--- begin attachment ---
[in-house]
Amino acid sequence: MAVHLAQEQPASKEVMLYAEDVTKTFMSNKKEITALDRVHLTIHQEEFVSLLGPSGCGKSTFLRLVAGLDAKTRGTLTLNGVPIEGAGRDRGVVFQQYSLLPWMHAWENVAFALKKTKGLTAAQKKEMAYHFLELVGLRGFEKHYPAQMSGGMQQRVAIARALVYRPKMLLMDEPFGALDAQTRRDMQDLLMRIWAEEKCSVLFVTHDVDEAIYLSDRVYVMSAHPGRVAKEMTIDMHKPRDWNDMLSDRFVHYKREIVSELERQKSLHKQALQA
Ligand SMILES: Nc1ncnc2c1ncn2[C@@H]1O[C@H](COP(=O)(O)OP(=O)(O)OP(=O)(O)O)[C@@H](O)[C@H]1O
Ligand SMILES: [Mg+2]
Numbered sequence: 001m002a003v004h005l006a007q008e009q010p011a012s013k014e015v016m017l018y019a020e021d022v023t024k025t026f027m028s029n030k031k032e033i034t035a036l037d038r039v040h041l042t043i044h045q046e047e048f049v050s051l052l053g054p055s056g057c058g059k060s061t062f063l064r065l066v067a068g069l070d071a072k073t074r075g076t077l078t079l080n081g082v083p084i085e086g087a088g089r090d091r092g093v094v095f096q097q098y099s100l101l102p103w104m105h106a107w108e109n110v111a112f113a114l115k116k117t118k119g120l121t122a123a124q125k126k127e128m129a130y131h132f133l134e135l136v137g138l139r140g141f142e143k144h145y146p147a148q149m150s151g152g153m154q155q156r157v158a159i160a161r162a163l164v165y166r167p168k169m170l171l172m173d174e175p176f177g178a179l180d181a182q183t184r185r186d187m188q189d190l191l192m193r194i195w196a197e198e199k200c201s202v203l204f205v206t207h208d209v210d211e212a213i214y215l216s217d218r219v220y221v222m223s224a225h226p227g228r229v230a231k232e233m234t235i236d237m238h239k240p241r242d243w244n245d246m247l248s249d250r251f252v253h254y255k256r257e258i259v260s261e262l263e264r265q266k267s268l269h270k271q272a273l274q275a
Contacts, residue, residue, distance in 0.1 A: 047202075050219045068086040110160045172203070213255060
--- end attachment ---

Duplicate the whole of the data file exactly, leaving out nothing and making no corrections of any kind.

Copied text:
[in-house]
Amino acid sequence: MAVHLAQEQPASKEVMLYAEDVTKTFMSNKKEITALDRVHLTIHQEEFVSLLGPSGCGKSTFLRLVAGLDAKTRGTLTLNGVPIEGAGRDRGVVFQQYSLLPWMHAWENVAFALKKTKGLTAAQKKEMAYHFLELVGLRGFEKHYPAQMSGGMQQRVAIARALVYRPKMLLMDEPFGALDAQTRRDMQDLLMRIWAEEKCSVLFVTHDVDEAIYLSDRVYVMSAHPGRVAKEMTIDMHKPRDWNDMLSDRFVHYKREIVSELERQKSLHKQALQA
Ligand SMILES: Nc1ncnc2c1ncn2[C@@H]1O[C@H](COP(=O)(O)OP(=O)(O)OP(=O)(O)O)[C@@H](O)[C@H]1O
Ligand SMILES: [Mg+2]
Numbered sequence: 001m002a003v004h005l006a007q008e009q010p011a012s013k014e015v016m017l018y019a020e021d022v023t024k025t026f027m028s029n030k031k032e033i034t035a036l037d038r039v040h041l042t043i044h045q046e047e048f049v050s051l052l053g054p055s056g057c058g059k060s061t062f063l064r065l066v067a068g069l070d071a072k073t074r075g076t077l078t079l080n081g082v083p084i085e086g087a088g089r090d091r092g093v094v095f096q097q098y099s100l101l102p103w104m105h106a107w108e109n110v111a112f113a114l115k116k117t118k119g120l121t122a123a124q125k126k127e128m129a130y131h132f133l134e135l136v137g138l139r140g141f142e143k144h145y146p147a148q149m150s151g152g153m154q155q156r157v158a159i160a161r162a163l164v165y166r167p168k169m170l171l172m173d174e175p176f177g178a179l180d181a182q183t184r185r186d187m188q189d190l191l192m193r194i195w196a197e198e199k200c201s202v203l204f205v206t207h208d209v210d211e212a213i214y215l216s217d218r219v220y221v222m223s224a225h226p227g228r229v230a231k232e233m234t235i236d237m238h239k240p241r242d243w244n245d246m247l248s249d250r251f252v253h254y255k256r257e258i259v260s261e262l263e264r265q266k267s268l269h270k271q272a273l274q275a
Contacts, residue, residue, distance in 0.1 A: 047202075050219045068086040110160045172203070213255060